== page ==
Reputational loss

Individuals, as well as companies, are at risk of having their reputations destroyed due to misuse of the information they avail on the internet. Companies are particularly at greater risk, given that they have to use Web 2.0 technologies to engage in ad hoc collaboration with vendors, customers, workers and so forth to exchange knowledge and offer improved services. Along this line, it is also crucial that organisations ensure that they do not expose their knowledge to threats. But a problem lies here as Web 2.0 technologies are inherently difficult to secure, as they make organisational intelligence more accessible and searchable (Aljafari & Sarnikar, 2010, p. 2; Kennedy & Dysart, 2007, p. 37).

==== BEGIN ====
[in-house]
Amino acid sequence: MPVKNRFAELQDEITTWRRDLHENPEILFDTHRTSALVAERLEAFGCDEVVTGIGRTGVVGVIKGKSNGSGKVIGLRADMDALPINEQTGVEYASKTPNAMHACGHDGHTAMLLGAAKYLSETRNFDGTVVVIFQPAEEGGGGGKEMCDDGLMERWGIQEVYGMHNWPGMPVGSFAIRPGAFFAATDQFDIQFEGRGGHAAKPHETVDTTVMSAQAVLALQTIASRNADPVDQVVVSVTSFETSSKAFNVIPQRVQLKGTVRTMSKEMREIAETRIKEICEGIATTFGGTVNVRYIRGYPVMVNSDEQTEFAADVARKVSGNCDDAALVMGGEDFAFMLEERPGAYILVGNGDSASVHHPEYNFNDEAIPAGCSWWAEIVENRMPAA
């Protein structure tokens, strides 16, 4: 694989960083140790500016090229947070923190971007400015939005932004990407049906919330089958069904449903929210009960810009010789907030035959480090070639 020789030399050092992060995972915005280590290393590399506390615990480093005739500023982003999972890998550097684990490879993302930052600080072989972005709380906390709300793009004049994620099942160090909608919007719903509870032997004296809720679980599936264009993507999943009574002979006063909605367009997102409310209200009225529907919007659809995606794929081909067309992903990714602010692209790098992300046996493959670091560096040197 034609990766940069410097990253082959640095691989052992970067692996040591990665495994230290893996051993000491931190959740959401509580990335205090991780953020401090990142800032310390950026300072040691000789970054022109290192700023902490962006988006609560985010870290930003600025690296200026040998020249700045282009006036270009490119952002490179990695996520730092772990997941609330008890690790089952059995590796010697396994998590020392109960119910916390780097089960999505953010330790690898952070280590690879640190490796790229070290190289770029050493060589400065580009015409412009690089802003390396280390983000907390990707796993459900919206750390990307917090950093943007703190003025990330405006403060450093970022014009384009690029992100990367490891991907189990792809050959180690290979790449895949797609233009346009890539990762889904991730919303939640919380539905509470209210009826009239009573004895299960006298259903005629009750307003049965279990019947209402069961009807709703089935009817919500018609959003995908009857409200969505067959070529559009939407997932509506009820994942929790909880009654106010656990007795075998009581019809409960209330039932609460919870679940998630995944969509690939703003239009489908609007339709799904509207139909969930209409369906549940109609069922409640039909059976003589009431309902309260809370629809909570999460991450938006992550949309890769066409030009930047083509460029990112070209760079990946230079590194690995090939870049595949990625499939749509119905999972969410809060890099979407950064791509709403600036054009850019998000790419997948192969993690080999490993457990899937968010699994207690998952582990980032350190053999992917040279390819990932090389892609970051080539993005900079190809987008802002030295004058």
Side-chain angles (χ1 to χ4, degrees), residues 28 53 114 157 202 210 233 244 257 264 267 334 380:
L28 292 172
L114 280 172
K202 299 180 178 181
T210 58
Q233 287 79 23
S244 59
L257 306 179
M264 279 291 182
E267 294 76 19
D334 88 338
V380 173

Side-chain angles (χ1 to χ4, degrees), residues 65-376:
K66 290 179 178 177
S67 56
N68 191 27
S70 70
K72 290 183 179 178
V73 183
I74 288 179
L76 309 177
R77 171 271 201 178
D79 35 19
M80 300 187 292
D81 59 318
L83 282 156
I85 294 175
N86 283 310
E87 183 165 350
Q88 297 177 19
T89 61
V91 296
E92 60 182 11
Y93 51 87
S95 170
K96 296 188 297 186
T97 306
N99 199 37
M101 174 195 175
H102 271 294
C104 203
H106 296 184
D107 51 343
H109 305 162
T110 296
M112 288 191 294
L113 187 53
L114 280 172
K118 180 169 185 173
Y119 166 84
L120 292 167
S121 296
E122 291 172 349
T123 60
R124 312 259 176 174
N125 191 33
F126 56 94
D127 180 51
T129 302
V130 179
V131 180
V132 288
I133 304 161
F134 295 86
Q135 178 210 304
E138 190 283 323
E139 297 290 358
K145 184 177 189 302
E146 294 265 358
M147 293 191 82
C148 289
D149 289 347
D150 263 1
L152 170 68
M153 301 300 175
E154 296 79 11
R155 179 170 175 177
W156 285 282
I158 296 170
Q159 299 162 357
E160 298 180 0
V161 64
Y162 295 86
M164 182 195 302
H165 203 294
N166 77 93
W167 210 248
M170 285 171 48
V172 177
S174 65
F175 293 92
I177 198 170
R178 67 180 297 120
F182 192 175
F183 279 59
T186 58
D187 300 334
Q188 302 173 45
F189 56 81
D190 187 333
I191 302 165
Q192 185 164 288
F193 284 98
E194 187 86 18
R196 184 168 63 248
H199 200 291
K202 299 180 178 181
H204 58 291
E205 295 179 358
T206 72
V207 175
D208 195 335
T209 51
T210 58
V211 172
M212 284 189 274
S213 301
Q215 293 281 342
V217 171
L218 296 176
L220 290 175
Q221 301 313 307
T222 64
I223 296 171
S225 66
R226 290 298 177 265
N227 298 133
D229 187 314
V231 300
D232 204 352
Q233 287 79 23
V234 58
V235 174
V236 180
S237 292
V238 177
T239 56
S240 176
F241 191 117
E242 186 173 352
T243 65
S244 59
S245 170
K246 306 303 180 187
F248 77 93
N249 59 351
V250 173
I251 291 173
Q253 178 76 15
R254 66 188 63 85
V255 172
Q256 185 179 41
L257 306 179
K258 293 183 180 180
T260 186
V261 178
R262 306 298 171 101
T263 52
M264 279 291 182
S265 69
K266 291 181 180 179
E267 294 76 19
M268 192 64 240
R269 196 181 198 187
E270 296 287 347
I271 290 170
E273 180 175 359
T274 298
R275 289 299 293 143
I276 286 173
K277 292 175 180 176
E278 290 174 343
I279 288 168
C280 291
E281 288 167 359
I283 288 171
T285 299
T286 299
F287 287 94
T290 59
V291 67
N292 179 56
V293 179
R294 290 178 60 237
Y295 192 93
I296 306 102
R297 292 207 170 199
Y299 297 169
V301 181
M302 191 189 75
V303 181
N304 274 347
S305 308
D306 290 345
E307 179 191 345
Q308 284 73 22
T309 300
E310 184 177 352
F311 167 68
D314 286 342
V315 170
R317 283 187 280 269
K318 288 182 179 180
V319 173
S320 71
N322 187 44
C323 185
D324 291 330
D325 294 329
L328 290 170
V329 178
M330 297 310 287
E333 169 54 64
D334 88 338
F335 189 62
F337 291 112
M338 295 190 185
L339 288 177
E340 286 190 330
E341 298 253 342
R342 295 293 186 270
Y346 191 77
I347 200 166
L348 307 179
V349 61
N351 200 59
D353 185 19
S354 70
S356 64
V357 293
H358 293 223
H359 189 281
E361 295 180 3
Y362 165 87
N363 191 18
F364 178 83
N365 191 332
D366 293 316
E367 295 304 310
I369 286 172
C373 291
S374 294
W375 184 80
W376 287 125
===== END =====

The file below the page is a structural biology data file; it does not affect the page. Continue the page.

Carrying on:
As customers and other parties acquire more information about a particular company, the situation makes the company vulnerable to comments made by them. For instance, Wim Guerden of JPMorgan Chase indicated that Web 2.0 technologies pose twin threats of reputational risk competitive disintermediation as a result increased customer participation and openness of information and services interchange (Tuck School of Business, 2007, p. 5). As such, when consumers start to put stuff on wikis, the company does not like it and would like to moderate it, which defeats the whole purpose of having Web 2.0 technologies in the first place.